Sunday, February 3, 2019

Newly Normal

It pours on our final day in our Silver Lake office.  I am soaked after loading the last of the stuff I need to work from home.  My two employees, who I call “the boys,” although both are well into their fifties, are stuck loading heavy boxes of film wrapped in trash bags down the walk street to their new digs.  It seems, that with the bait of a huge amount of money in an escrow account, that our nightmare tenant will be moving out in March.  My business and Spuds will share the upstairs unit of the duplex.  Despite being on the deed and mortgage and having a separate address, and utility meters our tenant, after not paying rent for over a year, has discovered that there is no permit on file for the separate unit.  She has driven the upstairs tenant of twenty-five years to move and given her threats of violence we are unable to rent the unit, hence the decision to move the office and my unflappable employees there.  Then, as soon as the squatter is gone, Spuds will move in.  With regard to the unit that we hope is being vacated, we will have to either pay to have a permit issued and if that’s not financially feasible, rip out the kitchen and bath.  The apartment has been registered and inspected by the housing department every year and the tenant, until she stopped paying rent, lived there comfortably and without complaint for seventeen years.  But it does seem that the end is in sight and at least we will be able to fearlessly enter the home we’ve owned for decades.  We are cautiously optimistic that over a year of agita, housing inspectors, courtrooms and death threats is winding down.

Spuds asks, “Now that you’re not working, can you pick up my pants from the tailor?”  “I’m still working!” I snap.  “We’ll maybe if you give yourself a lunch break…” he inveigles.  But it is different.  There’s no reason to get dressed until it’s time to go to school.  I can slip out and run to the market or unload the dishwasher while a file is uploading.  But even though my productivity, such as it is, hasn’t been reduced, somehow working in a schmata and fuzzy slippers makes me feel indolent.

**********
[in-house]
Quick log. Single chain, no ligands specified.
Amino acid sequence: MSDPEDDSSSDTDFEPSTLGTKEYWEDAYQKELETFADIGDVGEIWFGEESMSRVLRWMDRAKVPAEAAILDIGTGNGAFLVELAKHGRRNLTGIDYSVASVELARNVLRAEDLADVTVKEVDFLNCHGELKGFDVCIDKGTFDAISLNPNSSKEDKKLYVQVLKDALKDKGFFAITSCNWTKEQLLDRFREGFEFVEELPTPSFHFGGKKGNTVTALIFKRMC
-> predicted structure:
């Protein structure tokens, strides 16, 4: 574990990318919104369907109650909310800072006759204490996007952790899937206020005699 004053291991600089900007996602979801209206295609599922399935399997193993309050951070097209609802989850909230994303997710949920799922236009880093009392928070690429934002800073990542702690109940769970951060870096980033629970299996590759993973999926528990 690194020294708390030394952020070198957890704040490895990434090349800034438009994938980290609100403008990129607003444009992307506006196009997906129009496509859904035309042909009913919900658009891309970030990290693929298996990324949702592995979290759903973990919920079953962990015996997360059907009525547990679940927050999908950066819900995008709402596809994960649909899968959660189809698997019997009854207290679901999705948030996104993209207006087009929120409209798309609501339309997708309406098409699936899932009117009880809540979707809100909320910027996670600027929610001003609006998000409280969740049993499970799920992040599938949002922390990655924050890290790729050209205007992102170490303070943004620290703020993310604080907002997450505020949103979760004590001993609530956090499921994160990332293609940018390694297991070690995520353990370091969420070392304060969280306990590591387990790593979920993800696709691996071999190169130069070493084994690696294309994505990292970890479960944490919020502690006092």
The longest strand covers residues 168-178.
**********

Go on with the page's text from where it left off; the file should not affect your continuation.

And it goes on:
The polar vortex and Number One Son in Chicago are this week’s source of anxiety.  He comforts me by sending a picture of himself outdoors and shirtless.  He is promoted to sales manager for a chain of fancy donuts shops.  They participate in a big donut festival and he is jaunty and at ease when interviewed on the local news.  He is anxious about the stores being closed due to the freezing weather but suggests bringing donuts to homeless folks in warming centers.  The mayor’s office contacts him for a commendation.   After leaving a good job in Los Angeles, it’s taken him a few years to find a satisfying position in Chicago.  And I presume that eventually he’ll get real sick of donuts.

Spuds keeps busy too.  As a freelance art-handler he finds himself turning down work.  This week he is driving David Hockney paintings from the artist’s studio to the gallery.  The works are so valuable that insurance requires them to be transported in the truck one at a time.  Spuds relates offhandedly about spending an afternoon in the gallery with Hockney himself supervising the installation of an upcoming show.  Spuds’ girlfriend is the archivist at a gallery and most nights they hop from opening to opening. They are planning a trip to Brazil. Not shabby.

Himself and I both do a lot of moonlighting to offset the disaster with the evil tenant so I seldom require him to socialize.  An exception is a screening of my colleague, John Cannizzaro’s film Beatrice of 9.  John makes experimental films and the current production is a large-scale deeply personal abstract memoir.  John’s received acclaim at a number of festivals but his work is certainly not destined for commercial success.  His films are self-financed (and due to his position at my company, pathetically under-financed).  He’s made a number of wonderful 8mm films, edited in camera.  The Dante inspired Beatrice of 9 combines several decades of these films with some new material and a wonderful original score.  The film screens at the Velaslavasay Panorama, near USC.  This off-the-beaten-track eccentricity has a charming garden with a fireplace and grotto.  There is an old-fashioned film theater and a gallery of panoramic photos.  Spuds and his lady friend meet us at the screening.  There are folks at the reception that he hasn’t seen since high school.  I am touched by how warm and affectionate he is when meeting old friends.

After a hiatus of a few months, my regular Friday writing has crept over to Sunday.  Sometimes it is hard to get started.  My faithful readers number about the same as attended John’s screening and my own endeavors require far less effort and zero money.  Sometimes though it doesn’t feel worth it but John’s drive to create for the pure satisfaction of having done so inspirits me.   Our legal problems seem on the cusp of resolution. The kids are all right.  I’ll adjust to the home office and try to keep up these meager scribblings, which sometimes feel just like blowing off steam but, once in a while, feel almost like making art.